The Irish Times view on the refugee crisis five years on: how Merkel got it right

By welcoming more than one million people into their country, Germans tapped into their country’s structural strength and stability

At the peak of the refugee crisis in 2015, Chancellor Angela Merkel, in a rare and spontaneous display of emotional honesty, rallied her self-doubting electorate with the slogan: “Wir schaffen das” – we can manage this. Photograph: Hayoung Jeon/ EPA

At the peak of the refugee crisis in 2015, Chancellor Angela Merkel, in a rare and spontaneous display of emotional honesty, rallied her self-doubting electorate with the slogan: “Wir schaffen das” – we can manage this. Photograph: Hayoung Jeon/ EPA

 

Beckett would struggle to describe how Germany dealt with the 2015/2016 refugee crisis. The writer praised persistence and the courage to fail better. Most Germans expected to fail five years ago but didn’t. They succeeded better than they expected.

At the peak of the crisis, Germany’s cautious chancellor Angela Merkel, in a rare and spontaneous display of emotional honesty, rallied her self-doubting electorate with the slogan: “Wir schaffen das” – we can manage this.

And they did. By welcoming more than one million people into their country, Germans tapped into their country’s structural strength and stability. Transcending a deep-rooted cultural pessimism, Germans prioritised pragmatism over their traditional rules-based approach. The priority was to give desperate people from Syria and Afghanistan the prospect of a new life.

Other EU countries looked away, or fished migrants from the Mediterranean, dried them off and handed them to other countries to feed and house. The right to say no to migrants, these countries insisted, is a national competence. This fundamental battle rolls on, five years later, though Germany hopes to use its EU presidency to agree a reformed, harmonised EU migration policy. The odds are not good: migrants are still drowning, the Greek island camps remain overcrowded and EU member states are distracted by the shocks of a global pandemic.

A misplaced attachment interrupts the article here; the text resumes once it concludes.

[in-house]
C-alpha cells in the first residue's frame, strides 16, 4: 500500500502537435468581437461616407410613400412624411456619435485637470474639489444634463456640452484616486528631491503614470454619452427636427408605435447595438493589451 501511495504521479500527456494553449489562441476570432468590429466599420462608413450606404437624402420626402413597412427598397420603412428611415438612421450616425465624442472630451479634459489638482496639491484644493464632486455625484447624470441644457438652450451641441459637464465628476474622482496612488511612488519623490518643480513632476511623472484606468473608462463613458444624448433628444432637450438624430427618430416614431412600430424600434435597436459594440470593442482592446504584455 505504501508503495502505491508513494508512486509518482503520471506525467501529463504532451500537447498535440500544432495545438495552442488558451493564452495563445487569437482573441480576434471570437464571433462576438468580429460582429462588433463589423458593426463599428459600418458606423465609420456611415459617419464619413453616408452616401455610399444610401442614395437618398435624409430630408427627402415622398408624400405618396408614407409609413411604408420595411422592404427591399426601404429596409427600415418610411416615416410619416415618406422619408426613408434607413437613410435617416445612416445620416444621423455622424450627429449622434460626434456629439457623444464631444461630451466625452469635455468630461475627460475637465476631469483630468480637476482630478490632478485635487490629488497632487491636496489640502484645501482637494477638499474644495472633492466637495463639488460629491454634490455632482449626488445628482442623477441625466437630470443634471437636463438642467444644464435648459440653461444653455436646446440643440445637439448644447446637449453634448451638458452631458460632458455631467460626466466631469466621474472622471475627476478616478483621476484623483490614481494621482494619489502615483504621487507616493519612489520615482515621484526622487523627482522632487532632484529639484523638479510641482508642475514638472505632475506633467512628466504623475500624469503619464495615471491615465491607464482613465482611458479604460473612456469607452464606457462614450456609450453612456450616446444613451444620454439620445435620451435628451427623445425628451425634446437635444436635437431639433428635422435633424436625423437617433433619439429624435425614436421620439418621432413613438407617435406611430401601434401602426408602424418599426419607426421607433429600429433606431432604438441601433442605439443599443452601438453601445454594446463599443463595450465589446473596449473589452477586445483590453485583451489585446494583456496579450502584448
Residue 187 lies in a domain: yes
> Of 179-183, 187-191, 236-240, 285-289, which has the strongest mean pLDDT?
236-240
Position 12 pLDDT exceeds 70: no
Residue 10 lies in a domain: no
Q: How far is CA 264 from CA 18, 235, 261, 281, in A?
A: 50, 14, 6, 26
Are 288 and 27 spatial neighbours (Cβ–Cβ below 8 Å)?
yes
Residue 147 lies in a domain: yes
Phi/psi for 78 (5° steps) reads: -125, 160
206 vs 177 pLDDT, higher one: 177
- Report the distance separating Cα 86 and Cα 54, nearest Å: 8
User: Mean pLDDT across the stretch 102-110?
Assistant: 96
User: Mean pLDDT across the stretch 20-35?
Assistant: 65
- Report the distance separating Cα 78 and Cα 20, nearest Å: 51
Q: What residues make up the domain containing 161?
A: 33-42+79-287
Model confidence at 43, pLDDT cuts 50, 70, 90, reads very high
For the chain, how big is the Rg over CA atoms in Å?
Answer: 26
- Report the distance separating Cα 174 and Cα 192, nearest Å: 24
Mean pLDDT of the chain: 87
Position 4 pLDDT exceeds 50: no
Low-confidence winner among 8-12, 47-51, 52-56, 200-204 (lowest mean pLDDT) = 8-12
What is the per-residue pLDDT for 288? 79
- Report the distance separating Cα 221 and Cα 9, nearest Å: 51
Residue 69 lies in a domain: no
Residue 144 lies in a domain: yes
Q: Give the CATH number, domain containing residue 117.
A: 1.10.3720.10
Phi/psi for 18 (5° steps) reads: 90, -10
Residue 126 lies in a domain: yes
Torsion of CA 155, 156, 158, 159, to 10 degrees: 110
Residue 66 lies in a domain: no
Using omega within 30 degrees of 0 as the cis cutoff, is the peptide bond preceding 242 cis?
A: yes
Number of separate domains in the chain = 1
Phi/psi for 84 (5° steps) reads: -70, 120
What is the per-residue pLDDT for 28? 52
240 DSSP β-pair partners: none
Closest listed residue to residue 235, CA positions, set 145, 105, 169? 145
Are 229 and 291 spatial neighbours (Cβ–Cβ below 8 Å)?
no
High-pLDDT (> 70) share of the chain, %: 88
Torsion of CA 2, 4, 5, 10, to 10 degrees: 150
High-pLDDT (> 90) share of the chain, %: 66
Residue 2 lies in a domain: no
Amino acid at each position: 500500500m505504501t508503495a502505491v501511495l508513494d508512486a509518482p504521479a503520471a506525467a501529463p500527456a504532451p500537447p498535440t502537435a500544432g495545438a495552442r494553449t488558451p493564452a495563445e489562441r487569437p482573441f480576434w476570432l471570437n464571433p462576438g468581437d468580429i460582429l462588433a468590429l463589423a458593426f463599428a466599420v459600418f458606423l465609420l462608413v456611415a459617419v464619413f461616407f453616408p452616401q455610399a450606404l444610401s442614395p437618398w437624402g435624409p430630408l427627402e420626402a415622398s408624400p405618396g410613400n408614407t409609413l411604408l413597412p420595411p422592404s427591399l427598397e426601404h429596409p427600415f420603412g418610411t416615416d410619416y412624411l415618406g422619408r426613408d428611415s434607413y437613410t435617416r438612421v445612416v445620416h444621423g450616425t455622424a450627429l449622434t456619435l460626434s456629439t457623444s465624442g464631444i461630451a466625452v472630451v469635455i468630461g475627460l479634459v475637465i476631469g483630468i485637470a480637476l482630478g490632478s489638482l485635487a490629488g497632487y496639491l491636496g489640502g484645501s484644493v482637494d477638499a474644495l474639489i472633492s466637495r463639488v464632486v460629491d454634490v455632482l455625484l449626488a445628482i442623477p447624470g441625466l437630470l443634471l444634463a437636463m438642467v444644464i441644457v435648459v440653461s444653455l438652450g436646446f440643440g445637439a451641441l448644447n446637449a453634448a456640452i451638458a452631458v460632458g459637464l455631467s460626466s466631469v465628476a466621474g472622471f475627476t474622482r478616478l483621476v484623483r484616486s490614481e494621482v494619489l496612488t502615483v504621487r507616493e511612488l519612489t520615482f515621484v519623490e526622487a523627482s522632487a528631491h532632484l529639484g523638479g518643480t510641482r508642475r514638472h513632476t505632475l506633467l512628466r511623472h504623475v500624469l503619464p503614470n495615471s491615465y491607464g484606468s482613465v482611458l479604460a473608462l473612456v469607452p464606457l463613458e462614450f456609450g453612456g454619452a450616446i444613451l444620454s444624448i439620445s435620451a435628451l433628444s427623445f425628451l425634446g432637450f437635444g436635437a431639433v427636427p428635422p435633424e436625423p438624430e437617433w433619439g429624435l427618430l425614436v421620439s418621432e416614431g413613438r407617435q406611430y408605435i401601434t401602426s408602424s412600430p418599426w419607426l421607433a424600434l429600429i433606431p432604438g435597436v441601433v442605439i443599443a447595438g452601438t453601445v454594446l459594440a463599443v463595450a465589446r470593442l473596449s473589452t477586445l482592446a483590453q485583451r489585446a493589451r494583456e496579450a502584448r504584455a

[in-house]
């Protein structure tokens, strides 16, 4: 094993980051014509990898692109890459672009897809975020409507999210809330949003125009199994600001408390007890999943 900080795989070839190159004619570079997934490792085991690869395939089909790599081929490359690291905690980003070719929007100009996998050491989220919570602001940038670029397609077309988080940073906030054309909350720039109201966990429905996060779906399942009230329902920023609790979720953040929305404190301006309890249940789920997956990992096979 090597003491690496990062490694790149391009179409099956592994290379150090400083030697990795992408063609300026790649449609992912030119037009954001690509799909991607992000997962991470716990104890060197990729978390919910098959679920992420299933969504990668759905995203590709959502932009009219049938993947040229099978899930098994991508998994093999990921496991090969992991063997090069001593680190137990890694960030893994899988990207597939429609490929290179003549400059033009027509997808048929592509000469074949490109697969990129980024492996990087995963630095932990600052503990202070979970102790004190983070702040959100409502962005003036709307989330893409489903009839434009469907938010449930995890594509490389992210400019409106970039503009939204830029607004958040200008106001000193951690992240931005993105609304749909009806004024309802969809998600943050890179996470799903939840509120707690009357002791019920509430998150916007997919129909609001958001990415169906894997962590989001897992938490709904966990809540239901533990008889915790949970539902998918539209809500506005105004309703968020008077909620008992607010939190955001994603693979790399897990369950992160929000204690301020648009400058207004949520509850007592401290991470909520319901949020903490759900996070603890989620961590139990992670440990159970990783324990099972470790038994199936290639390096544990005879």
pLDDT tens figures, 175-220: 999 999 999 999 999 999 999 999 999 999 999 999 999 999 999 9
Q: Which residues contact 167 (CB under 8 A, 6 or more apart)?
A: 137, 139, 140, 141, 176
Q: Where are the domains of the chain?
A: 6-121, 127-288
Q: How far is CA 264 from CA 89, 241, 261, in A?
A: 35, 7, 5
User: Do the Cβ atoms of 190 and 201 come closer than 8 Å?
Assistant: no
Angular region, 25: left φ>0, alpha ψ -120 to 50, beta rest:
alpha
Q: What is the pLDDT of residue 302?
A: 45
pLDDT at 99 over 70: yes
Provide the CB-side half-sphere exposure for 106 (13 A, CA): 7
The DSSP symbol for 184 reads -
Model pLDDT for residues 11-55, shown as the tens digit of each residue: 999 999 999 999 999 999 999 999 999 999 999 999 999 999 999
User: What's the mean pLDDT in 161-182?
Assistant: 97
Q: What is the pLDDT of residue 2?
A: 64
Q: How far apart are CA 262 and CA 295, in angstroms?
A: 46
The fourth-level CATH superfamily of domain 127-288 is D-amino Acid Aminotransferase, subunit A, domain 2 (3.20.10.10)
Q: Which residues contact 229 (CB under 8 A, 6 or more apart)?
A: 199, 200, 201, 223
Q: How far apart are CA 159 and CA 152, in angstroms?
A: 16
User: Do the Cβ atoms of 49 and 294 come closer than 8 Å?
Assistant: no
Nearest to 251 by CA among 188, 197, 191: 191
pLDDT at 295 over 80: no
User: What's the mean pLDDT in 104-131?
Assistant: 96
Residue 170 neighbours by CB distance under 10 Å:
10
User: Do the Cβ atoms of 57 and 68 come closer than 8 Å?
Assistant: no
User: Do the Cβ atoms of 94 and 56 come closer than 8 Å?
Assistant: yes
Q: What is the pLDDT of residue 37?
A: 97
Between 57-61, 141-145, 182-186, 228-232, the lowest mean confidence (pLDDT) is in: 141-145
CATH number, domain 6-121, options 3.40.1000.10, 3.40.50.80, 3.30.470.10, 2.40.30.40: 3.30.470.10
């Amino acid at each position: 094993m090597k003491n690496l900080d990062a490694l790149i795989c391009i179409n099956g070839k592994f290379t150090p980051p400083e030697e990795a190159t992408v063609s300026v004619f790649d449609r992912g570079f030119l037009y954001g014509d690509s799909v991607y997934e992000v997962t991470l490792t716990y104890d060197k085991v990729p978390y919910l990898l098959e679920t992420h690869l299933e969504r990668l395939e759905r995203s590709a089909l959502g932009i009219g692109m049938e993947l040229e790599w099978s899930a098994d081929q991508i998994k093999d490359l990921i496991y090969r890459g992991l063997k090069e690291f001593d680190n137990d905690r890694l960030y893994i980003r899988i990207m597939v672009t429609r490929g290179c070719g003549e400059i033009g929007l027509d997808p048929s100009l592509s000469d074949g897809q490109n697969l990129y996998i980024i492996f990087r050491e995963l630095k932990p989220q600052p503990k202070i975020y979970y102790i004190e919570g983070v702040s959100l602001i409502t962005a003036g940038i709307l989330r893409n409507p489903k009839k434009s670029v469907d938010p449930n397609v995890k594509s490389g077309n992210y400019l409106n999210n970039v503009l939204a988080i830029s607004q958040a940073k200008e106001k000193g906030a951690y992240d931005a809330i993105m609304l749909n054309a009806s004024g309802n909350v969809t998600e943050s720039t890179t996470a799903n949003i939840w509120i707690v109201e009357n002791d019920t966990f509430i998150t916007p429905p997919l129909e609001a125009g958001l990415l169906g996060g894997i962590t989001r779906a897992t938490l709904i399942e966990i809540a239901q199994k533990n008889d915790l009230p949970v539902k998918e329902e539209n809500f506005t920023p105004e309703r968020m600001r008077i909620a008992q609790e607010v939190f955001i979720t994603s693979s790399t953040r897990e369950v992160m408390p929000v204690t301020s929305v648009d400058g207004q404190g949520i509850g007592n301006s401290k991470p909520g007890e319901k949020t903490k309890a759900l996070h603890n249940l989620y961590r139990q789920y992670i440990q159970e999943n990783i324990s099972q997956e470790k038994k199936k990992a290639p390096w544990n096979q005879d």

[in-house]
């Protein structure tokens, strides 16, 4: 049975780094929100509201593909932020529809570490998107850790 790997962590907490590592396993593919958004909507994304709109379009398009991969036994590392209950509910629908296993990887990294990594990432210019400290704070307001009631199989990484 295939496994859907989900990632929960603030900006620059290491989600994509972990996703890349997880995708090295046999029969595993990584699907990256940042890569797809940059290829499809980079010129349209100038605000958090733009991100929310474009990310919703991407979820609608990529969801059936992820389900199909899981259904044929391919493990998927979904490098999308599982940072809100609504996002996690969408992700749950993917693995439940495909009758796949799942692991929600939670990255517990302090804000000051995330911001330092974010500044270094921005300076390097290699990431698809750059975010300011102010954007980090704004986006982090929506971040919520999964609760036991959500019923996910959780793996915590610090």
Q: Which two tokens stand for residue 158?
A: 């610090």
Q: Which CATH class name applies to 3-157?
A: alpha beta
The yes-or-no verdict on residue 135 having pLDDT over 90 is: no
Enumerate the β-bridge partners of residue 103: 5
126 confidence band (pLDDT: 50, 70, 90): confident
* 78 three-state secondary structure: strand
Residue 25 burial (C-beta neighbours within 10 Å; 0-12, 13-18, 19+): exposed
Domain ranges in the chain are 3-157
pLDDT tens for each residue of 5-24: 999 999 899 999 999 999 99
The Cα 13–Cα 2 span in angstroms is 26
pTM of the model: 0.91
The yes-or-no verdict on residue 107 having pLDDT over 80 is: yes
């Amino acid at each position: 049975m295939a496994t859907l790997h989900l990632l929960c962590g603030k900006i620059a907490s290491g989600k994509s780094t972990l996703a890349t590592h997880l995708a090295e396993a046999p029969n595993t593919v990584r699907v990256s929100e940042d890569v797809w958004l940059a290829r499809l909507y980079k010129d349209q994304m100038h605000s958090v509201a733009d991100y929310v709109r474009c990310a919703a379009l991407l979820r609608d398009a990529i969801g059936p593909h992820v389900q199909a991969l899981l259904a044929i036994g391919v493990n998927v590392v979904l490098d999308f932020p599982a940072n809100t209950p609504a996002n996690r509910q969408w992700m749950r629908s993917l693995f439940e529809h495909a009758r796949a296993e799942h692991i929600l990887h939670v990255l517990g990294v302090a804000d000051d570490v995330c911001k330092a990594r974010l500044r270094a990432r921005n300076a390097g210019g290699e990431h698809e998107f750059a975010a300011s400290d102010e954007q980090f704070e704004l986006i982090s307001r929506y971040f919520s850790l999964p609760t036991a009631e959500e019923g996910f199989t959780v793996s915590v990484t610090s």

In the last decade of crises, Europe was fortunate to have someone like Merkel at the tiller to shape rational policy decisions – a political skill that is going out of fashion. But the breathless pace of events, combined with her instinctive skill for tactics over strategy, has created no national – or European – narrative in which to frame events, and explain the eventual response. Instead, the reaction to each crisis – currency, migration or public health – saw the Merkel administration present its emergency decisions as being without alternative – Alternativlos.

They may have made the right choices, but stifling debate and framing dissenters as irresponsible threw a lifeline to the far-right Alternative für Deutschland. Merkel’s health minister admitted this week that Germany’s lockdown of shops was a mistake. That is a gift to the people attacked from all quarters for demonstrating last weekend in Berlin against Covid-19 restrictions.

As in the migration crisis, resistance is building among people who resent their lives being upended in what they see as an arbitrary fashion, with little debate on alternatives, by pandemic measures emerging from a policy black box. In this age of anxiety, confidence-boosting exhortations are good.

More important is explaining how decisions are made and measures chosen. And why they will help us succeed – or fail – better.

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